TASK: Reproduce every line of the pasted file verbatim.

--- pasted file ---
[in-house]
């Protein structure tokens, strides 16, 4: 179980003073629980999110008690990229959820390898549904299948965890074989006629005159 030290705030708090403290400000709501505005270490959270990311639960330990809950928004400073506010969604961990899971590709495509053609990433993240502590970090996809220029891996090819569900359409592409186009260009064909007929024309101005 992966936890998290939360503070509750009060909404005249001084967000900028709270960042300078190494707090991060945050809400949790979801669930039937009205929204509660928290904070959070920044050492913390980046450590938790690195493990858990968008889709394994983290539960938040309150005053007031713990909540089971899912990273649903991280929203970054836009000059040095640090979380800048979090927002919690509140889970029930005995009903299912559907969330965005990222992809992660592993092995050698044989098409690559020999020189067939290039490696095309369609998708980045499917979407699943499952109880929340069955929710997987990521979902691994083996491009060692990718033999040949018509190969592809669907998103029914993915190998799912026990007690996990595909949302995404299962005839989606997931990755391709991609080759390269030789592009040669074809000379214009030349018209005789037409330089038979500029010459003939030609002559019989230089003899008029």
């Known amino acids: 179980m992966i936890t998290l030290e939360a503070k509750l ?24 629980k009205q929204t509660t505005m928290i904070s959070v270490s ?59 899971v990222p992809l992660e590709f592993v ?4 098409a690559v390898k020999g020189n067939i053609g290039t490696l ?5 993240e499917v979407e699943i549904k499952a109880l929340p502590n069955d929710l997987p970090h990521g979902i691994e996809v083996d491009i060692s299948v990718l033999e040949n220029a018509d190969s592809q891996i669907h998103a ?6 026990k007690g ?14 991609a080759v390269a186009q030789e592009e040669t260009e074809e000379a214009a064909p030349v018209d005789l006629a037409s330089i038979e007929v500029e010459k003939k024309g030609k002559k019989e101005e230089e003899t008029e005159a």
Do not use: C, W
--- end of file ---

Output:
[in-house]
């Protein structure tokens, strides 16, 4: 179980003073629980999110008690990229959820390898549904299948965890074989006629005159 030290705030708090403290400000709501505005270490959270990311639960330990809950928004400073506010969604961990899971590709495509053609990433993240502590970090996809220029891996090819569900359409592409186009260009064909007929024309101005 992966936890998290939360503070509750009060909404005249001084967000900028709270960042300078190494707090991060945050809400949790979801669930039937009205929204509660928290904070959070920044050492913390980046450590938790690195493990858990968008889709394994983290539960938040309150005053007031713990909540089971899912990273649903991280929203970054836009000059040095640090979380800048979090927002919690509140889970029930005995009903299912559907969330965005990222992809992660592993092995050698044989098409690559020999020189067939290039490696095309369609998708980045499917979407699943499952109880929340069955929710997987990521979902691994083996491009060692990718033999040949018509190969592809669907998103029914993915190998799912026990007690996990595909949302995404299962005839989606997931990755391709991609080759390269030789592009040669074809000379214009030349018209005789037409330089038979500029010459003939030609002559019989230089003899008029």
């Known amino acids: 179980m992966i936890t998290l030290e939360a503070k509750l ?24 629980k009205q929204t509660t505005m928290i904070s959070v270490s ?59 899971v990222p992809l992660e590709f592993v ?4 098409a690559v390898k020999g020189n067939i053609g290039t490696l ?5 993240e499917v979407e699943i549904k499952a109880l929340p502590n069955d929710l997987p970090h990521g979902i691994e996809v083996d491009i060692s299948v990718l033999e040949n220029a018509d190969s592809q891996i669907h998103a ?6 026990k007690g ?14 991609a080759v390269a186009q030789e592009e040669t260009e074809e000379a214009a064909p030349v018209d005789l006629a037409s330089i038979e007929v500029e010459k003939k024309g030609k002559k019989e101005e230089e003899t008029e005159a």
Do not use: C, W